Thomas Thurston, director of Education and Public Outreach at the Gilder Lehrman Center, also represented Yale as a judge in the New Haven contest. “For many years,” Thurston said, “part of my job at the Gilder Lehrman Center involved organizing the New Haven regional history day competition, which was held at Wilbur Cross High School. It gave me a real sense of how much work goes into simply organizing a statewide event like this. But seeing the excitement of middle- and high-school students at the event with their teachers and families always made it a worthwhile endeavor.” 

The judging process

The judges work in teams to review their assigned individual-student or student-group submissions. They also speak with each student to ask questions about their interest in the subject, the research process, their argument, and their findings. The judges collaborate as they evaluate the students’ written proposals and the final projects, working with a detailed rubric. They also each provide constructive written comments.

“I signed up to be a judge for Connecticut History Day because I saw it as a way to ‘give back’ to the New Haven community, and because I don’t otherwise have much of an opportunity to engage with younger students,” Dougherty said. “I particularly enjoyed working with the other judges as we crafted constructive feedback for young researchers engaging in some very challenging historical subjects.”

Students receive copies of the judges’ feedback in order to benefit from suggestions. Those students who qualify to enter the statewide contest have the chance to refine their projects based on the judges’ direction before they resubmit.

“Frontiers in History”

This year, thousands of students statewide created exhibitions, papers, documentaries, websites, and performances around the theme “Frontiers in History: People, Places, Ideas.” The concept was broad enough to encompass local and global history and a variety of people, places, and ideas. In New Haven, student topics ranged from the Manhattan Project, heliocentric theory, the smallpox vaccine, and Japan’s Shinkansen bullet train to Maya Lin, the Freedom Riders, Richard Nixon, and the Beatles.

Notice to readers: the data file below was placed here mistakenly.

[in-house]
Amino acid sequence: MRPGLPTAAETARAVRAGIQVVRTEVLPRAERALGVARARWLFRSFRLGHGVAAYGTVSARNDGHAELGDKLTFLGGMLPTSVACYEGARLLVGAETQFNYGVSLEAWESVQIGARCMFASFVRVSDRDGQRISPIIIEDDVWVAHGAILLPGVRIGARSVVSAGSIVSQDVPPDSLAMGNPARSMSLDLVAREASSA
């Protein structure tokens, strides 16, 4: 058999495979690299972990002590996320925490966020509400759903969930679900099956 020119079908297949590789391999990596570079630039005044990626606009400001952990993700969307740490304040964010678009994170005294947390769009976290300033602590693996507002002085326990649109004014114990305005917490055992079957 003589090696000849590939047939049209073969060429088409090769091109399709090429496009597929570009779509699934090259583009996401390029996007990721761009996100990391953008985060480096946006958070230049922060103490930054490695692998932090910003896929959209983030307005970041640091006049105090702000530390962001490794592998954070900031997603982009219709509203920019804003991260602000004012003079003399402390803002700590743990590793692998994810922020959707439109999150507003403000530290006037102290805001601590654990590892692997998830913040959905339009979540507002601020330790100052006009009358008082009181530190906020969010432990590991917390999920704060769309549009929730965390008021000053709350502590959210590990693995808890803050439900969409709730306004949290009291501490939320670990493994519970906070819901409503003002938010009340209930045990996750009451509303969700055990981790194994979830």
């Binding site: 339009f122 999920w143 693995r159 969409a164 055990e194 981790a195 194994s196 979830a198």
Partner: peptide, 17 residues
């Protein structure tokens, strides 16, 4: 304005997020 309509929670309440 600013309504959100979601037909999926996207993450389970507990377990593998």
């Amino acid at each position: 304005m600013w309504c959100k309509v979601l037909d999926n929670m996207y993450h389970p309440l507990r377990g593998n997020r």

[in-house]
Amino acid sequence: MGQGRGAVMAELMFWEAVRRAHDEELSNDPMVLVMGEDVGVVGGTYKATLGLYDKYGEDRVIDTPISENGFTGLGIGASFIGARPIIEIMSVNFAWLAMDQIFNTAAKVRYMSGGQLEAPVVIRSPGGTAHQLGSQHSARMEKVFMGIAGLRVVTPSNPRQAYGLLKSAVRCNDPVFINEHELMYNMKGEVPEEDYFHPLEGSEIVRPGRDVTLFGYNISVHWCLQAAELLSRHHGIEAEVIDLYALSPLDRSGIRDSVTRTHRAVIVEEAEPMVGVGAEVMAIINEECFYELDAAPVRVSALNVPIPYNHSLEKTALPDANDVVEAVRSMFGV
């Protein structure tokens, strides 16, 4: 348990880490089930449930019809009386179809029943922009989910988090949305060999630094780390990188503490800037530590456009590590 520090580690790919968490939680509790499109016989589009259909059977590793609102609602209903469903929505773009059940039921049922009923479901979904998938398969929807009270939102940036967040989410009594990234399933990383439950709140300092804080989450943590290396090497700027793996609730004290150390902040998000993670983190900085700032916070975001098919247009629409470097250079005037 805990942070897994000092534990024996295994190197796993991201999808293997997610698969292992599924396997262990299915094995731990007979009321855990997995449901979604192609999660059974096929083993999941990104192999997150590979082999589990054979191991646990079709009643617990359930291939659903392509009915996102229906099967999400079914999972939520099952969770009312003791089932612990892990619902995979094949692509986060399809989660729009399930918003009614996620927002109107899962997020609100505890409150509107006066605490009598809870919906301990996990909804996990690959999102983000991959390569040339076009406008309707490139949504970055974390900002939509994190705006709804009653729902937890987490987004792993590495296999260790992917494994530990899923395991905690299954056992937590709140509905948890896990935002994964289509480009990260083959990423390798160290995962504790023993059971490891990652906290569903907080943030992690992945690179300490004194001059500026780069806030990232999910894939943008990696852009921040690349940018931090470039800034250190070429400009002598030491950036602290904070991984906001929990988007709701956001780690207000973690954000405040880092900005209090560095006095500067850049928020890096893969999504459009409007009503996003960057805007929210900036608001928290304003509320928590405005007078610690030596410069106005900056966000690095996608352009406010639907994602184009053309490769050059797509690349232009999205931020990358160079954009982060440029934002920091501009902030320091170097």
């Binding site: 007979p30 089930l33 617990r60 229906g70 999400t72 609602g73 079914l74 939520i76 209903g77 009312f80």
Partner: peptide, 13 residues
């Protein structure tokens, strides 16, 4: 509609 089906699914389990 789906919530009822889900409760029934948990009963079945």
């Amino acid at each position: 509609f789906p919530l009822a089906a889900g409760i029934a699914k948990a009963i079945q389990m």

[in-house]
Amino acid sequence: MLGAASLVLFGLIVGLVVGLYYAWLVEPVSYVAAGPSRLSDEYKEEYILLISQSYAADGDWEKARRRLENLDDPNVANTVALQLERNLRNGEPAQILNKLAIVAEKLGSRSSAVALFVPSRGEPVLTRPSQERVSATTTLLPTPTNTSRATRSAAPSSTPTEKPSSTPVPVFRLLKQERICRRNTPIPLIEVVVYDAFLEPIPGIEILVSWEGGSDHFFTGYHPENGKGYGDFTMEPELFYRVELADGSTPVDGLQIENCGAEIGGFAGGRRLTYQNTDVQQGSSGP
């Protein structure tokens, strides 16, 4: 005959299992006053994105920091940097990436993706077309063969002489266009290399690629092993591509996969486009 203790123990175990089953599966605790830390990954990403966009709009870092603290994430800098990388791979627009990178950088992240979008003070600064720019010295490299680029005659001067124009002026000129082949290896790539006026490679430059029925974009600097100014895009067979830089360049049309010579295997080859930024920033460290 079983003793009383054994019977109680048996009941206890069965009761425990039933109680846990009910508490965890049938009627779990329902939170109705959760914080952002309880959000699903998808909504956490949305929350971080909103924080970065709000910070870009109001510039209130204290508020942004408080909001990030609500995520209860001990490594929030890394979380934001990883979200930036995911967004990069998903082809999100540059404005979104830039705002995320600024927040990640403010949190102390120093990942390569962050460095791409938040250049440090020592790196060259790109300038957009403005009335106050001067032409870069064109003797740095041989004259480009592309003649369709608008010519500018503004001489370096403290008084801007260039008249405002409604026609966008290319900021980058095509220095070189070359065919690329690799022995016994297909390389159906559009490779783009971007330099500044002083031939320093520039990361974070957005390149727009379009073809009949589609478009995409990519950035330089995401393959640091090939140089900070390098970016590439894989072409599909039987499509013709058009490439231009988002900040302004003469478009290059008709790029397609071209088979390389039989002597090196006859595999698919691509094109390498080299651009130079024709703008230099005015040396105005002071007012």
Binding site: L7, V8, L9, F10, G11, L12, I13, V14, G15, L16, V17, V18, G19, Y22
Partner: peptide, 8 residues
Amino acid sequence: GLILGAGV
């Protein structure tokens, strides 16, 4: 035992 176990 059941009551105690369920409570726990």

“It was a tremendous joy on a dreary Saturday to see the hard work and unique voices of these students,” said Barton. “Many of the projects had impressive polish and verve, along with an inspiring range of topics and sources that would make any librarian proud.”

At New Haven’s closing ceremony, Congresswoman Rosa DeLauro and Joe Bertolino, president of Southern Connecticut State University, awarded first-, second-, and third-place prizes to 44 students in the junior and senior divisions.

Top-place winners in each of the state’s six regional competitions will compete in the statewide competition on May 6 at Central Connecticut State University. Students on the teams of Roberta Dougherty, Trip Kirkpatrick, and Sarah Lerner are among those headed to the state contest. 

Students who win first place in the state event will go on to compete in the National History Day contest, which will be held at the University of Maryland in College Park on June 12 and 13.

“People will occasionally remark that young people are just not interested in history these days,” Thurston said. “If this notion troubles you, I’d highly recommend judging during the statewide Connecticut History Day competition. We have some very impressive young scholars in our state.”

Connecticut History Day invites librarians, historians, educators, and other volunteers to serve as project judges at the upcoming state event on May 6 in New Britain. Sign-up to be a state contest judge by April 21.

—Deborah Cannarella

Images courtesy of Connecticut History Day, Connecticut Democracy Center, Old State House, Hartford